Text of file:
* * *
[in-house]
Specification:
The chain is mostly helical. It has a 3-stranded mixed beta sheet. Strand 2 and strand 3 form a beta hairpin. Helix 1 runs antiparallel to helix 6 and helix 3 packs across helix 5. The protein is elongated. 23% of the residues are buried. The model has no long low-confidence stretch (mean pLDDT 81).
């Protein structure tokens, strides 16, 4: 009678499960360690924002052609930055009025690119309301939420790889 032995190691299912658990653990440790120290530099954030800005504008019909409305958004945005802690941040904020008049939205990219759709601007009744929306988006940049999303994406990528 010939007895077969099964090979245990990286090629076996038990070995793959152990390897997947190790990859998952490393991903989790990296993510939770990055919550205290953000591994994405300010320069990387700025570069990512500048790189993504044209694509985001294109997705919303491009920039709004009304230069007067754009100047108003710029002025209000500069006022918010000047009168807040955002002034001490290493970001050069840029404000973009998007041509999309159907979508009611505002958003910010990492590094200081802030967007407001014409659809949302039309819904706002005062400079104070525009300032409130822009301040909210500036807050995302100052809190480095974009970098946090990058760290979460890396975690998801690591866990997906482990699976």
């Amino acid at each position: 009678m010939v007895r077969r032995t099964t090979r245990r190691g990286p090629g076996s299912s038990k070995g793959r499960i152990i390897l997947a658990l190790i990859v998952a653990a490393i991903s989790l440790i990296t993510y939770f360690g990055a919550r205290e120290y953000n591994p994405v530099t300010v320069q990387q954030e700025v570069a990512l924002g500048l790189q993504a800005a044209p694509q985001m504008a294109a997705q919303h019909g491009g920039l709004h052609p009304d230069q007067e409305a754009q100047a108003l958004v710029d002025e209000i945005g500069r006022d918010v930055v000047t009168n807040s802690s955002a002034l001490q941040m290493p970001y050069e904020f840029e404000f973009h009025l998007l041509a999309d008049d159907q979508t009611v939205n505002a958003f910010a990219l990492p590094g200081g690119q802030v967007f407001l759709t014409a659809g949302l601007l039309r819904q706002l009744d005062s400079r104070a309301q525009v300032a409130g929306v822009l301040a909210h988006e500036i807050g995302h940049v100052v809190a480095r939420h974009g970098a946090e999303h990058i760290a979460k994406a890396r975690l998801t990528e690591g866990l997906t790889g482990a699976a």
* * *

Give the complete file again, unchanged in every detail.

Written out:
[in-house]
Specification:
The chain is mostly helical. It has a 3-stranded mixed beta sheet. Strand 2 and strand 3 form a beta hairpin. Helix 1 runs antiparallel to helix 6 and helix 3 packs across helix 5. The protein is elongated. 23% of the residues are buried. The model has no long low-confidence stretch (mean pLDDT 81).
């Protein structure tokens, strides 16, 4: 009678499960360690924002052609930055009025690119309301939420790889 032995190691299912658990653990440790120290530099954030800005504008019909409305958004945005802690941040904020008049939205990219759709601007009744929306988006940049999303994406990528 010939007895077969099964090979245990990286090629076996038990070995793959152990390897997947190790990859998952490393991903989790990296993510939770990055919550205290953000591994994405300010320069990387700025570069990512500048790189993504044209694509985001294109997705919303491009920039709004009304230069007067754009100047108003710029002025209000500069006022918010000047009168807040955002002034001490290493970001050069840029404000973009998007041509999309159907979508009611505002958003910010990492590094200081802030967007407001014409659809949302039309819904706002005062400079104070525009300032409130822009301040909210500036807050995302100052809190480095974009970098946090990058760290979460890396975690998801690591866990997906482990699976």
């Amino acid at each position: 009678m010939v007895r077969r032995t099964t090979r245990r190691g990286p090629g076996s299912s038990k070995g793959r499960i152990i390897l997947a658990l190790i990859v998952a653990a490393i991903s989790l440790i990296t993510y939770f360690g990055a919550r205290e120290y953000n591994p994405v530099t300010v320069q990387q954030e700025v570069a990512l924002g500048l790189q993504a800005a044209p694509q985001m504008a294109a997705q919303h019909g491009g920039l709004h052609p009304d230069q007067e409305a754009q100047a108003l958004v710029d002025e209000i945005g500069r006022d918010v930055v000047t009168n807040s802690s955002a002034l001490q941040m290493p970001y050069e904020f840029e404000f973009h009025l998007l041509a999309d008049d159907q979508t009611v939205n505002a958003f910010a990219l990492p590094g200081g690119q802030v967007f407001l759709t014409a659809g949302l601007l039309r819904q706002l009744d005062s400079r104070a309301q525009v300032a409130g929306v822009l301040a909210h988006e500036i807050g995302h940049v100052v809190a480095r939420h974009g970098a946090e999303h990058i760290a979460k994406a890396r975690l998801t990528e690591g866990l997906t790889g482990a699976a």